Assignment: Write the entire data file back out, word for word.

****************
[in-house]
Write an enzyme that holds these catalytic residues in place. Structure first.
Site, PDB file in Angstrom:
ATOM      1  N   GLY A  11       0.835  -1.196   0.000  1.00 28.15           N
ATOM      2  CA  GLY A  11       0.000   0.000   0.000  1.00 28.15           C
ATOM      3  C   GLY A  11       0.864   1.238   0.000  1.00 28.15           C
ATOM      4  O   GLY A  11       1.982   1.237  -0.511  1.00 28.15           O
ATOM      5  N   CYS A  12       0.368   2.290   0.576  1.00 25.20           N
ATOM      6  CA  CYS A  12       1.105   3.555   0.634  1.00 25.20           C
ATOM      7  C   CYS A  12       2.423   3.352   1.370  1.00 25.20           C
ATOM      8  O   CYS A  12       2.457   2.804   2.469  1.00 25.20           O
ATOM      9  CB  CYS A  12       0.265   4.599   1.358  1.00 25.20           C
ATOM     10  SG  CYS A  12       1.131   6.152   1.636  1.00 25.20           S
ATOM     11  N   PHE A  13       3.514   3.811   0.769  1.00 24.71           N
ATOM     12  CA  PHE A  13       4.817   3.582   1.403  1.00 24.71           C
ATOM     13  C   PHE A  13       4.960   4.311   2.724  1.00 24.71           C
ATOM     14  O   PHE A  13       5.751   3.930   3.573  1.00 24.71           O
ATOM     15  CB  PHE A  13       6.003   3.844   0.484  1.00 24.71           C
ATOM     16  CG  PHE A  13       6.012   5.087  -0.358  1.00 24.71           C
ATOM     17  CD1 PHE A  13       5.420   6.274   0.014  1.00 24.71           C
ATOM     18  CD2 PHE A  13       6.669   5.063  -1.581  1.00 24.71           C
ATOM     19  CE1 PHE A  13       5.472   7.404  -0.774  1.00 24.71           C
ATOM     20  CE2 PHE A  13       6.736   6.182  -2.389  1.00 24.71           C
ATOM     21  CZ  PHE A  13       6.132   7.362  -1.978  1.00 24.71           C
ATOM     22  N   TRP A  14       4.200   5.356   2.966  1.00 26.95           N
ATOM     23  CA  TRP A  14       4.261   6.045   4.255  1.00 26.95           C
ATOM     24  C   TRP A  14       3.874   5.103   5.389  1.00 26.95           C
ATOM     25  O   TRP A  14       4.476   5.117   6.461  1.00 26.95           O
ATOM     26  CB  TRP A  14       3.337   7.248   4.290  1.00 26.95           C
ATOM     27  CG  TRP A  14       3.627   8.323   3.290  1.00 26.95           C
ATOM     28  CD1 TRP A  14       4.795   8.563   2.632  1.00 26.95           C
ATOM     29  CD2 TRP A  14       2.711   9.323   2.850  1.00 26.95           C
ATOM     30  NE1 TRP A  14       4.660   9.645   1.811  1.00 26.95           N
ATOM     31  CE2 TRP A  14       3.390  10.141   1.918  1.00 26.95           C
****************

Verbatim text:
[in-house]
Write an enzyme that holds these catalytic residues in place. Structure first.
Site, PDB file in Angstrom:
ATOM      1  N   GLY A  11       0.835  -1.196   0.000  1.00 28.15           N
ATOM      2  CA  GLY A  11       0.000   0.000   0.000  1.00 28.15           C
ATOM      3  C   GLY A  11       0.864   1.238   0.000  1.00 28.15           C
ATOM      4  O   GLY A  11       1.982   1.237  -0.511  1.00 28.15           O
ATOM      5  N   CYS A  12       0.368   2.290   0.576  1.00 25.20           N
ATOM      6  CA  CYS A  12       1.105   3.555   0.634  1.00 25.20           C
ATOM      7  C   CYS A  12       2.423   3.352   1.370  1.00 25.20           C
ATOM      8  O   CYS A  12       2.457   2.804   2.469  1.00 25.20           O
ATOM      9  CB  CYS A  12       0.265   4.599   1.358  1.00 25.20           C
ATOM     10  SG  CYS A  12       1.131   6.152   1.636  1.00 25.20           S
ATOM     11  N   PHE A  13       3.514   3.811   0.769  1.00 24.71           N
ATOM     12  CA  PHE A  13       4.817   3.582   1.403  1.00 24.71           C
ATOM     13  C   PHE A  13       4.960   4.311   2.724  1.00 24.71           C
ATOM     14  O   PHE A  13       5.751   3.930   3.573  1.00 24.71           O
ATOM     15  CB  PHE A  13       6.003   3.844   0.484  1.00 24.71           C
ATOM     16  CG  PHE A  13       6.012   5.087  -0.358  1.00 24.71           C
ATOM     17  CD1 PHE A  13       5.420   6.274   0.014  1.00 24.71           C
ATOM     18  CD2 PHE A  13       6.669   5.063  -1.581  1.00 24.71           C
ATOM     19  CE1 PHE A  13       5.472   7.404  -0.774  1.00 24.71           C
ATOM     20  CE2 PHE A  13       6.736   6.182  -2.389  1.00 24.71           C
ATOM     21  CZ  PHE A  13       6.132   7.362  -1.978  1.00 24.71           C
ATOM     22  N   TRP A  14       4.200   5.356   2.966  1.00 26.95           N
ATOM     23  CA  TRP A  14       4.261   6.045   4.255  1.00 26.95           C
ATOM     24  C   TRP A  14       3.874   5.103   5.389  1.00 26.95           C
ATOM     25  O   TRP A  14       4.476   5.117   6.461  1.00 26.95           O
ATOM     26  CB  TRP A  14       3.337   7.248   4.290  1.00 26.95           C
ATOM     27  CG  TRP A  14       3.627   8.323   3.290  1.00 26.95           C
ATOM     28  CD1 TRP A  14       4.795   8.563   2.632  1.00 26.95           C
ATOM     29  CD2 TRP A  14       2.711   9.323   2.850  1.00 26.95           C
ATOM     30  NE1 TRP A  14       4.660   9.645   1.811  1.00 26.95           N
ATOM     31  CE2 TRP A  14       3.390  10.141   1.918  1.00 26.95           C